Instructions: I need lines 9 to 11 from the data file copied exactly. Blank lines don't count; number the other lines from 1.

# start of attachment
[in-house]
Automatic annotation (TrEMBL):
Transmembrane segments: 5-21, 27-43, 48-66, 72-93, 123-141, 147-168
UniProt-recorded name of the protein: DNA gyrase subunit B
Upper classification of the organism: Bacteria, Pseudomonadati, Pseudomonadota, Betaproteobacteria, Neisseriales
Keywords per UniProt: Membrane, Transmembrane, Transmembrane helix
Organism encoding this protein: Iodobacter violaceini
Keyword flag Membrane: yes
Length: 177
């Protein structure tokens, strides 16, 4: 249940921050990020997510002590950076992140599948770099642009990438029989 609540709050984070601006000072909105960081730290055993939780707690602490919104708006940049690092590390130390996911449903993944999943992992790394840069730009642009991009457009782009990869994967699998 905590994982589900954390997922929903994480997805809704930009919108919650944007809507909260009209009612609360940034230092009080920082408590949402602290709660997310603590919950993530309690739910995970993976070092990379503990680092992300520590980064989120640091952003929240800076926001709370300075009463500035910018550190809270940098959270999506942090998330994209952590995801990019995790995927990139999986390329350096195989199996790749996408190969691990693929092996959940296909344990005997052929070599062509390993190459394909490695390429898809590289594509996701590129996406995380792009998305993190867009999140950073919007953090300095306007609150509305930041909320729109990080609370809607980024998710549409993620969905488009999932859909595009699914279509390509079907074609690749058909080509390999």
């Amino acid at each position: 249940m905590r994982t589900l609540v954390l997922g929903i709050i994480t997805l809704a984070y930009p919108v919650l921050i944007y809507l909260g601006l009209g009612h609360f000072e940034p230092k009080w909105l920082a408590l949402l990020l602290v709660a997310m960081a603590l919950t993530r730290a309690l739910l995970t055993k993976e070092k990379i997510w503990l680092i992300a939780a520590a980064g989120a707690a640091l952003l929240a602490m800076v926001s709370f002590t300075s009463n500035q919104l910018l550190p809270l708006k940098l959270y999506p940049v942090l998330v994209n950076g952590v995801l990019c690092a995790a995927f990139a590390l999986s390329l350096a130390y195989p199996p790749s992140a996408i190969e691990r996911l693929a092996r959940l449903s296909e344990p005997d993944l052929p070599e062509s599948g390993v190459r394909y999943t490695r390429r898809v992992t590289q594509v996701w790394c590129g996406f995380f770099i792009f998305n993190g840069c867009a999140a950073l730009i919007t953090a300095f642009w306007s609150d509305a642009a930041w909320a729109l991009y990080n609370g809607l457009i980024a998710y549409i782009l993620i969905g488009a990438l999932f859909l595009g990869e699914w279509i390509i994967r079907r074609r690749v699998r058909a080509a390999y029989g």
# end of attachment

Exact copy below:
Length: 177
């Protein structure tokens, strides 16, 4: 249940921050990020997510002590950076992140599948770099642009990438029989 609540709050984070601006000072909105960081730290055993939780707690602490919104708006940049690092590390130390996911449903993944999943992992790394840069730009642009991009457009782009990869994967699998 905590994982589900954390997922929903994480997805809704930009919108919650944007809507909260009209009612609360940034230092009080920082408590949402602290709660997310603590919950993530309690739910995970993976070092990379503990680092992300520590980064989120640091952003929240800076926001709370300075009463500035910018550190809270940098959270999506942090998330994209952590995801990019995790995927990139999986390329350096195989199996790749996408190969691990693929092996959940296909344990005997052929070599062509390993190459394909490695390429898809590289594509996701590129996406995380792009998305993190867009999140950073919007953090300095306007609150509305930041909320729109990080609370809607980024998710549409993620969905488009999932859909595009699914279509390509079907074609690749058909080509390999």
């Amino acid at each position: 249940m905590r994982t589900l609540v954390l997922g929903i709050i994480t997805l809704a984070y930009p919108v919650l921050i944007y809507l909260g601006l009209g009612h609360f000072e940034p230092k009080w909105l920082a408590l949402l990020l602290v709660a997310m960081a603590l919950t993530r730290a309690l739910l995970t055993k993976e070092k990379i997510w503990l680092i992300a939780a520590a980064g989120a707690a640091l952003l929240a602490m800076v926001s709370f002590t300075s009463n500035q919104l910018l550190p809270l708006k940098l959270y999506p940049v942090l998330v994209n950076g952590v995801l990019c690092a995790a995927f990139a590390l999986s390329l350096a130390y195989p199996p790749s992140a996408i190969e691990r996911l693929a092996r959940l449903s296909e344990p005997d993944l052929p070599e062509s599948g390993v190459r394909y999943t490695r390429r898809v992992t590289q594509v996701w790394c590129g996406f995380f770099i792009f998305n993190g840069c867009a999140a950073l730009i919007t953090a300095f642009w306007s609150d509305a642009a930041w909320a729109l991009y990080n609370g809607l457009i980024a998710y549409i782009l993620i969905g488009a990438l999932f859909l595009g990869e699914w279509i390509i994967r079907r074609r690749v699998r058909a080509a390999y029989g």